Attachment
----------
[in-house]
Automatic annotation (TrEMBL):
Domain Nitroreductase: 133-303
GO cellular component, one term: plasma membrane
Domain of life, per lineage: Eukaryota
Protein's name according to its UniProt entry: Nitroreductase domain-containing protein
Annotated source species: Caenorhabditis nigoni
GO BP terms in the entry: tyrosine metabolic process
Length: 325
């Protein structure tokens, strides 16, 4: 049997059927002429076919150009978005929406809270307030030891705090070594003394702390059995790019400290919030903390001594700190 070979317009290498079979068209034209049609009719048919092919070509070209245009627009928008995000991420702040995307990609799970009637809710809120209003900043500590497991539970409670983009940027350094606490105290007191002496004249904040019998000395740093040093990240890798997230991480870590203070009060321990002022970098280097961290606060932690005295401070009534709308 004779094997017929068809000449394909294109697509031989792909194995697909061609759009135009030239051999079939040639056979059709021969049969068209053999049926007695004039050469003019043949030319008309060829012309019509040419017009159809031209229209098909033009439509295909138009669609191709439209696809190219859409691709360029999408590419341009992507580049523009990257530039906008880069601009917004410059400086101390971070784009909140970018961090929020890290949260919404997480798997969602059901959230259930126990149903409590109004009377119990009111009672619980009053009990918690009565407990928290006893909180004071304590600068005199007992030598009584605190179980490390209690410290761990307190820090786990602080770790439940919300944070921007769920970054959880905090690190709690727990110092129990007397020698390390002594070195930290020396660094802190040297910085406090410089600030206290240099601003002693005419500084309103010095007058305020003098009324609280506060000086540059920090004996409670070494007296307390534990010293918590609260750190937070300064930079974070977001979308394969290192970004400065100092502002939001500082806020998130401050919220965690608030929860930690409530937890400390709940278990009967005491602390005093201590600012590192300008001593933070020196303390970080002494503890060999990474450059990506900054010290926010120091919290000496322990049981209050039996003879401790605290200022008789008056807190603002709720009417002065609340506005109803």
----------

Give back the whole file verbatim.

[in-house]
Automatic annotation (TrEMBL):
Domain Nitroreductase: 133-303
GO cellular component, one term: plasma membrane
Domain of life, per lineage: Eukaryota
Protein's name according to its UniProt entry: Nitroreductase domain-containing protein
Annotated source species: Caenorhabditis nigoni
GO BP terms in the entry: tyrosine metabolic process
Length: 325
């Protein structure tokens, strides 16, 4: 049997059927002429076919150009978005929406809270307030030891705090070594003394702390059995790019400290919030903390001594700190 070979317009290498079979068209034209049609009719048919092919070509070209245009627009928008995000991420702040995307990609799970009637809710809120209003900043500590497991539970409670983009940027350094606490105290007191002496004249904040019998000395740093040093990240890798997230991480870590203070009060321990002022970098280097961290606060932690005295401070009534709308 004779094997017929068809000449394909294109697509031989792909194995697909061609759009135009030239051999079939040639056979059709021969049969068209053999049926007695004039050469003019043949030319008309060829012309019509040419017009159809031209229209098909033009439509295909138009669609191709439209696809190219859409691709360029999408590419341009992507580049523009990257530039906008880069601009917004410059400086101390971070784009909140970018961090929020890290949260919404997480798997969602059901959230259930126990149903409590109004009377119990009111009672619980009053009990918690009565407990928290006893909180004071304590600068005199007992030598009584605190179980490390209690410290761990307190820090786990602080770790439940919300944070921007769920970054959880905090690190709690727990110092129990007397020698390390002594070195930290020396660094802190040297910085406090410089600030206290240099601003002693005419500084309103010095007058305020003098009324609280506060000086540059920090004996409670070494007296307390534990010293918590609260750190937070300064930079974070977001979308394969290192970004400065100092502002939001500082806020998130401050919220965690608030929860930690409530937890400390709940278990009967005491602390005093201590600012590192300008001593933070020196303390970080002494503890060999990474450059990506900054010290926010120091919290000496322990049981209050039996003879401790605290200022008789008056807190603002709720009417002065609340506005109803």